About Beef Jerky
Real beef jerky is made, of course, with beef. However, originally when discovered in South America in the 1500s it was made by the Peruvian native tribe of Quechua, a part of the Inca empire, used alpaca and llama meat. It was called ch’arki. Spanish Conquistadors changed the name to Chirqui, which means ‘to burn meat’. The conquistadors saw the value of this type of preservation of meats as it made them portable and kept them from spoiling on their expeditions. Soon the Charqui spread throughout the world.
Soon the Conquistadors conquered the Americas and discovered other native tribes also made Chirqui. The natives adopted the name with their own accent that came out ‘jerky’, which later became the pronunciation around the world. Jerky was made of bison, buffalo, deer, elk, and various other wild game, which were their sources of meat.
How is Beef Jerky Cooked
Throughout history man has made jerky as a means to carry meat on their travels that would not spoil. Animals were hunted, skinned, and cut into strips. Salt was rubbed into the raw meat and then wrapped in the hide and then dried in the sun, slowly smoked, or dried over rocks, which was a two to three day process.
Since smoking finishes the meat’s cooking and drying in about half the time, it became the preferred method as it made for shorter journeys when hunting meat. This process was the groundwork for modern jerky making.
Sales of meat snacks, such as beef jerky, are on the rise. Beef jerky sticks are made by grinding the meat fine, seasoning, shaping it into a tube, and then smoking. The ground meat can also be formed into strips. The heat from the smoking cooks the product. Beef is also cut into thick slices, marinated and then smoked for beef steak style jerky.
One can also make jerky themselves. That would require the meat, either ground or cut into strips (thickness by personal taste), seasonings or marinade, liquid smoke if not using a smoker, a jerky gun, and a smoker, or oven heated to no more than 200 degrees, or food dehydrator. (There are many styles of dehydrators on the market.) A lot of time and patience is also necessary since it takes several hours (5 to 6) of checking and testing for doneness. Checking should be done every 30 minutes to make sure the jerky does not burn. Jerky should be chewy and pull apart easily, not hard or crunchy. If that kind of time is available, go for it; if not, buy it and let somebody else do the watching and waiting. If you’ve ever made jerky at home then you know how difficult it is to get the recipe exact and the timing just right every time. You might get that delicious snack, or get something the dog won’t even eat.
Seasonings in beef jerky can vary by manufacturer (or even home jerky maker). Salt, black pepper, Worcestershire sauce, brown sugar, soy sauce, coriander, mustard seed, even bourbon add flavor to the jerky. Liquids are for marinades, but the seasonings can be rubbed onto the meat without the liquids. The meat is sealed in an airtight container such as a freezer bag or lidded bowl and left overnight in the refrigerator (homemade versions). The meat is rinsed and dried and seasonings are patted on the meat before it is smoked. Liquid smoke is used to obtain the smoky flavor when methods other than a smoker or smokehouse is being utilized.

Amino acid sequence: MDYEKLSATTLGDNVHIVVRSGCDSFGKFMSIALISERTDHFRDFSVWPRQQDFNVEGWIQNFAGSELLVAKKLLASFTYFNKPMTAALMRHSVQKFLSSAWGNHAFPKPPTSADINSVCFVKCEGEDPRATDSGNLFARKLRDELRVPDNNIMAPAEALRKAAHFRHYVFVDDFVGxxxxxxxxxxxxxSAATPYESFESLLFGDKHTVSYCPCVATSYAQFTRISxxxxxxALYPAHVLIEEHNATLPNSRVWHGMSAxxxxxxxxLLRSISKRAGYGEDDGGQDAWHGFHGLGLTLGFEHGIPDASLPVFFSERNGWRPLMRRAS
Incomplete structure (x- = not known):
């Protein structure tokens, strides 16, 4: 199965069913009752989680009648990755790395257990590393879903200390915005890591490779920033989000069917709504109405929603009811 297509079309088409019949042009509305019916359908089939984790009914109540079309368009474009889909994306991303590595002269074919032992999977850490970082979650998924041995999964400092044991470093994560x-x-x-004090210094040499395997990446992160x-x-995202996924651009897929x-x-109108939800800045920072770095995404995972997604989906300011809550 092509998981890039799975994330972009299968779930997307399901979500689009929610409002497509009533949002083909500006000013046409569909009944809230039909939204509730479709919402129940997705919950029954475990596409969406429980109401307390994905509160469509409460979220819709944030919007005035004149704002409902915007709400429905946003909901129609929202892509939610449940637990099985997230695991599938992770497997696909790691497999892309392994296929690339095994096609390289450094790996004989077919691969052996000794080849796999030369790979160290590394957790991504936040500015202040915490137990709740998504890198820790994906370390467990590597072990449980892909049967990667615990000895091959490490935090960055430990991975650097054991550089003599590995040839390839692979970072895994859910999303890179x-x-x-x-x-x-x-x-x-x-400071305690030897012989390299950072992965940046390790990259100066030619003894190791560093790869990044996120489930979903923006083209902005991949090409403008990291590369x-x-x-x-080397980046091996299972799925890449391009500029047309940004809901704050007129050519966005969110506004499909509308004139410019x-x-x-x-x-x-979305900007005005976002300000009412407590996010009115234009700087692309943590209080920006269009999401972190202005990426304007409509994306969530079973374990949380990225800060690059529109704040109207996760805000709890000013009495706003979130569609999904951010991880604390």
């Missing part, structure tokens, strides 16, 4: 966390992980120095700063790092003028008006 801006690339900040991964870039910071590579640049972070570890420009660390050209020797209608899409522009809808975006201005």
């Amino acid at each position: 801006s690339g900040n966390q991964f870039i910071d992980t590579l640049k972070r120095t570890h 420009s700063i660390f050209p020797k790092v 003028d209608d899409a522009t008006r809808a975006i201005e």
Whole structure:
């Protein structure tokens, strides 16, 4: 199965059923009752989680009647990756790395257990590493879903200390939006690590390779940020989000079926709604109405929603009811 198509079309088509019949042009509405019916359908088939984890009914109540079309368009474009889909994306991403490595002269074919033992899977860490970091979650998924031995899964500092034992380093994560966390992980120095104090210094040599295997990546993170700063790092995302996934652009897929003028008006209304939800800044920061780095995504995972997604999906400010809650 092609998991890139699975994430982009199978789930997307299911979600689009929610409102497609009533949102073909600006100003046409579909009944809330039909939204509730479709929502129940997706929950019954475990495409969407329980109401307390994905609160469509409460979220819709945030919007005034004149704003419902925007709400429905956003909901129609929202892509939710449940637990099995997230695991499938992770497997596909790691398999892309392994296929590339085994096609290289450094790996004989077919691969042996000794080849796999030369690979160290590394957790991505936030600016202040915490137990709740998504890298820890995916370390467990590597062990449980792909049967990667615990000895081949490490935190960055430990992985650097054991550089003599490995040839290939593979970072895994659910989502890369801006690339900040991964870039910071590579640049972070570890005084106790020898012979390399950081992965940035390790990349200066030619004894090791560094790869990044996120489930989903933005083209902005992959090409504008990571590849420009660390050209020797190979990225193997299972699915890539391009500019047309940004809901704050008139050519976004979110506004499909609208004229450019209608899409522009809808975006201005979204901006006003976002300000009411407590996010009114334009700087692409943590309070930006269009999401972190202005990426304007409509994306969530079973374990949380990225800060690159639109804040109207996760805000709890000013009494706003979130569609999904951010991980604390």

When you consider the time and effort put into making beef jerky and the likelihood of homemade versions not turning out with any constancy, it makes sense to buy it from a company who has a consistent recipe and process for making it. Of course there is always the question when done at home asked by your friends, “Is beef jerky cooked?” Commercially made is regulated to assure it is cooked.
Is there a Healthy Beef Jerky
Beef jerky can give you much needed energy during an intense workout because it is loaded with protein (9.41 grams in 1-ounce.) It also contains vitamins and minerals that are important to bodily function. As with most snacks, due to fat and sodium, jerky should be enjoyed in moderation.
Beef jerky contains high levels of zinc and iron, which boost the immune system by encouraging the creation of red blood cells and the body’s ability to heal wounds.
The University of Florida recommends a 1 ounce serving for diabetic students looking for a good snack as the carbohydrate level is actually below 5 grams.
According to www.nutritionaldata.self.com, the nutrients per serving (1- 20 g piece) in beef jerky are as follows:
- There are 82 calories
- There are 5.1 g of fat, (2.2 g is saturated fat, 2.3 g monounsaturated fat, 0.2 g polyunsaturated fat)
- Omega 3 fatty acids are 37 mg
- Omega 6 fatty acids are 162 mg
- There are 9.6 mg of cholesterol.
- Sodium is 443 mg
- The total carbs in beef jerky is 2.2 g
- Speaking of sugar…there are 1.8 g
- The beef jerky protein comes in at 6.6 g
- There are only 4 mg of calcium
- The Potassium level is at 119 mg
- Zinc is at 1.6 mg
- Selenium is 2.1 mcg
The daily values were based on a 2,000 calorie per day diet.
Many companies now make beef jerky in several flavors, including lower sodium varieties. Many are offered in stores and online. The best beef jerky online and in stores depends on your personal taste preferences. There are millions of retailers worldwide from which to buy this popular snack. Because beef jerky is small in size, it is the perfect snack to throw into your gym bag to replace depleted sodium and other minerals lost during exercise, or a great pick-me-up when hiking and climbing.
So, is beef jerky good for you? Yes, actually, it is!